It's the same kind of question that people are increasingly asking about Google and Facebook, but this time it might literally be a matter of life or death.

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Reader Comments (rss)

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    Anonymous Coward, Dec 7th, 2011 @ 11:54am

    It's like with cars. These days one needs proprietary equipment with proprietary software to collect data and fix problems with cars. Who owns the data collected by that equipment? Why should my car, that I own, have such artificial limitations that restrict me, but not someone else (who doesn't own the car), from doing certain things and collecting data?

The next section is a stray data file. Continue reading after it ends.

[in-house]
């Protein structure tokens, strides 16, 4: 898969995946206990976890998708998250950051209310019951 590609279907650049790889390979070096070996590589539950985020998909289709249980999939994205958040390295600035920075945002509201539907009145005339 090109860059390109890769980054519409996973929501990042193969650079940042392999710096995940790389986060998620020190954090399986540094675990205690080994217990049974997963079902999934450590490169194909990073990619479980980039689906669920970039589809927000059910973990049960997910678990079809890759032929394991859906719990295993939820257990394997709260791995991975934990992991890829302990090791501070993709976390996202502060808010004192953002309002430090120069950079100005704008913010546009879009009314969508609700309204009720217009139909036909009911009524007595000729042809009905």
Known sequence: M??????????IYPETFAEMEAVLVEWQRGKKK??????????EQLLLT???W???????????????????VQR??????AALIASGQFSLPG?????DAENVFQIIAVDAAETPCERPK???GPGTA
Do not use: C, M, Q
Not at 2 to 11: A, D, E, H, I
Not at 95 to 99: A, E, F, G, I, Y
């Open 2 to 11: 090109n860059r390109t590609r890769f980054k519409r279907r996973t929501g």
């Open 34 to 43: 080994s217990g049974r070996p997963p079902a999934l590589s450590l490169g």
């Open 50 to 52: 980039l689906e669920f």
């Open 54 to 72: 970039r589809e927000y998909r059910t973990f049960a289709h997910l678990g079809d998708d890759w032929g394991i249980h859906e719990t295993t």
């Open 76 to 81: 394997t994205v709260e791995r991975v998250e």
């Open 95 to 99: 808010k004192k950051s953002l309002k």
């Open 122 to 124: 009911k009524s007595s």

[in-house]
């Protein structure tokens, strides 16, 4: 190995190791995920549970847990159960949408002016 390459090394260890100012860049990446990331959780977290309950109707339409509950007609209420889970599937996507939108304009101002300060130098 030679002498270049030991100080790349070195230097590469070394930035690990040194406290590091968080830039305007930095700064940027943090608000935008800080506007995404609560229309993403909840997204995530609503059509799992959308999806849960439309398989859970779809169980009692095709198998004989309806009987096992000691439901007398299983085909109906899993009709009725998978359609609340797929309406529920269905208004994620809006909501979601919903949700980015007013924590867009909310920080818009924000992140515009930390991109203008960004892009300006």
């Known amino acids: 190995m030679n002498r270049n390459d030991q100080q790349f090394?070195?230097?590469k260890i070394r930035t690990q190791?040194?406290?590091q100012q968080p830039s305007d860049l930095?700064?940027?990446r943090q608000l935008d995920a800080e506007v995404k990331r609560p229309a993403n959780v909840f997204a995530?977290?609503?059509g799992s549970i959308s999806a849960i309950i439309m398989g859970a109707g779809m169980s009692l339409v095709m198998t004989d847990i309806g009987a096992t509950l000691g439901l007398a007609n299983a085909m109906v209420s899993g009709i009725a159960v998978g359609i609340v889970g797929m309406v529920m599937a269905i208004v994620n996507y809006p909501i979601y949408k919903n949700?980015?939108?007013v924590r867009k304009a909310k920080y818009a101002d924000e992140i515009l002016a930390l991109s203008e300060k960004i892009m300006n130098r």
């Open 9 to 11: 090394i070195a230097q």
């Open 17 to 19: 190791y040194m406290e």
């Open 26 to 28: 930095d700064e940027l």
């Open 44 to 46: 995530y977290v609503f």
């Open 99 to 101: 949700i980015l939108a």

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      :Lobo Santo (profile), Dec 7th, 2011 @ 12:00pm

      Re: Hood key

      At least they don't lock the engine compartment anymore--let's give car manufacturers a little credit for having crept closer to the modern age.

       

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      ClarkeyBalboa (profile), Dec 7th, 2011 @ 12:30pm

      Re:

      Your example actually works the opposite way. Cars past the early 90s are all required to use the same code diagnostic software (OBD-II). You generally need to buy a scanner, but it allows you to read the codes your onboard diagnostic system is storing. Your repair manual will have a section of codes listed to decipher them.

      Where the car example does mirror Campos' is that the codes and diagnostics are designed for trained technicians (doctors in his case) and can still be pretty cryptic to decipher.